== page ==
Holy Crap, Both Daveed Diggs and The Witcher Are Getting TV Shows
My Trump-addled nerves almost can’t handle this much good news, but here’s a welcome respite: firstly, everyone’s Broadway boyfriend Daveed Diggs will be starring in TNT’s Snowpiercer series. Secondly, the fantasy books that inspired the video game The Witcher are getting adapted by Netflix. Deep breaths.
Diggs, one of the breakout stars of Hamilton and a Tony award winner for his double role as the Marquis de Lafayette/Thomas Jefferson, will star in the adaptation of the movie Snowpiercer, which was itself an adaptation of the graphic novel of the same name. (We guess it’s adaptation day.)
(image: Snowpiercer by Jacques Lob and Jean-Marc Rochette)
Rather than simply remake the movie—which saw Chris Evans leading a desperate push for revolution on an icy, class-divided train that loops the frozen future world—the Snowpiercer TV show will explore those themes at a slower boil. Per Collider and EW, Diggs will play a new character, Layton Well:
“a prisoner barely surviving the harsh conditions in the tail end of the train. A quiet thinker who spends his days sniffing the industrial-waste-turned-drug Chronole and tending to his cage full of rats, Layton becomes a reluctant participant in a struggle that could upend life on the train.”
Listen, I would watch Daveed Diggs, well, sniffing industrial waste and tending his cage full of rats any day and every day of the week. He’s an incredibly compelling performer, and I’m thrilled he’s getting the chance to play the leading man. That the property is Snowpiercer makes this all even more exciting and full of possibility.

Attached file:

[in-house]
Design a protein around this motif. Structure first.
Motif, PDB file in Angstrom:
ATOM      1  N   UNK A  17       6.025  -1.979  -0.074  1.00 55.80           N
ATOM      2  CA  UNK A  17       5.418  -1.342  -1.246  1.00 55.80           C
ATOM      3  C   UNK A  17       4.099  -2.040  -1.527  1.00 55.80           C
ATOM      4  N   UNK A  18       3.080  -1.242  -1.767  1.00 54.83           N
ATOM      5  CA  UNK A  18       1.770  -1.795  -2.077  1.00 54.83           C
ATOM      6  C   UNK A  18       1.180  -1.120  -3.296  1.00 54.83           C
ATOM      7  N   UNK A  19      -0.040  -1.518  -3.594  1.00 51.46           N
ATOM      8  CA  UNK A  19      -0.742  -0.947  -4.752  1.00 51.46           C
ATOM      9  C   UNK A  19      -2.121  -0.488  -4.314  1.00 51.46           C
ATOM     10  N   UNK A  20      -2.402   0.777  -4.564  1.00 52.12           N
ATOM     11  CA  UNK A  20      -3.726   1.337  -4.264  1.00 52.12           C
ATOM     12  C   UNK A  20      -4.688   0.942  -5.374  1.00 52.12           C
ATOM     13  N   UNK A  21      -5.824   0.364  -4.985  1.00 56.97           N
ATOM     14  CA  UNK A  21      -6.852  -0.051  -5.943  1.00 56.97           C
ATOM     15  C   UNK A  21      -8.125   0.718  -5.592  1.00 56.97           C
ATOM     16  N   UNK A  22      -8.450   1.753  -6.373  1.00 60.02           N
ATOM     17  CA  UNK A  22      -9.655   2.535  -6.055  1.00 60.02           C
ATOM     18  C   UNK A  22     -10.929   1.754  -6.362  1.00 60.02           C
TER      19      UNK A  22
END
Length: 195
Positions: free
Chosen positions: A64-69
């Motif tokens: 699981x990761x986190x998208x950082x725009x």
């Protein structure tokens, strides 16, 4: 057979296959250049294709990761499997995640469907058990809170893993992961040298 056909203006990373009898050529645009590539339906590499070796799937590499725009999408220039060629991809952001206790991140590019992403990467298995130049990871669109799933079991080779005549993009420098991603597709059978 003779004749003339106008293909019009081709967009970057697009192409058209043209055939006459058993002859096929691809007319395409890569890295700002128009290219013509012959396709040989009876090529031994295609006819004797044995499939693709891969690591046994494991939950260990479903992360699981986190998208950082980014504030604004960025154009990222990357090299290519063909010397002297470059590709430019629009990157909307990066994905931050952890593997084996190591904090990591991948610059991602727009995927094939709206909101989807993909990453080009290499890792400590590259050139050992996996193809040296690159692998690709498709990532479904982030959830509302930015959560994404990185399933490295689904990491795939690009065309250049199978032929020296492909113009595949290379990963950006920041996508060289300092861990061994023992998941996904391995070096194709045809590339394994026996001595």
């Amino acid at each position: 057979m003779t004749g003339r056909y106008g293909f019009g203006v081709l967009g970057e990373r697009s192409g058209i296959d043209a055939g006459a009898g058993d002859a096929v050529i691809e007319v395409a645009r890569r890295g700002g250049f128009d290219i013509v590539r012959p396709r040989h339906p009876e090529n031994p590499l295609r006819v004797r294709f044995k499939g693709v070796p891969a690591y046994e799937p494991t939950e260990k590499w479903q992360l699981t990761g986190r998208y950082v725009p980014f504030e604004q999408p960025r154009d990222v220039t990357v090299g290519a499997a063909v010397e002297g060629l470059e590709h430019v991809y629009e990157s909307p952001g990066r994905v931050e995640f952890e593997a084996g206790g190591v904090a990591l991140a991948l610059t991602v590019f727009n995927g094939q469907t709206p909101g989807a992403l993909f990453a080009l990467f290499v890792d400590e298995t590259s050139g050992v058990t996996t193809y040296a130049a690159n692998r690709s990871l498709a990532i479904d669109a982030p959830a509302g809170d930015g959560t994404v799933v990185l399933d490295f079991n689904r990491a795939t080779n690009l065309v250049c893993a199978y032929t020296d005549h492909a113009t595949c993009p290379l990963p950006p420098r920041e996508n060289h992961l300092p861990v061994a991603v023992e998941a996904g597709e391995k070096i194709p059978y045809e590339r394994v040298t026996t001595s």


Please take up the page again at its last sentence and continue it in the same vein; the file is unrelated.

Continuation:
And in further mind-blowingly cool adaptation news, Netflix is working on turning Polish novelist Andrzej Sapkowski’s The Witcher book series into a television show. Sapkowski’s novels inspired the popular video game(s) The Witcher, and the concept seems prime for prime time.
As Kotaku points out, it’s unclear whether the show will be animated or live-action, but either way, we’ll be tuning in—especially since it’s being executive produced by Sean Daniel and Jason Brown, who work on the excellent The Expanse. Considering The Witcher is fantasy about supernaturally gifted monster-hunters, the potential for drama is endless and delicious to contemplate. Hopefully the TV show will do a better job in regards to gender politics and treatment of Ciri than the game. At the least, it should be interesting to look at, if the game can be any sort of a guide:
“It is a story about today and today’s challenges, hidden under a supernatural cover,” reads The Witcher Netflix press release. But just for today, I’d like to not think about our actual challenges, and dream instead of Daveed Diggs on a very fast train and bewitching Witchers kicking ass.
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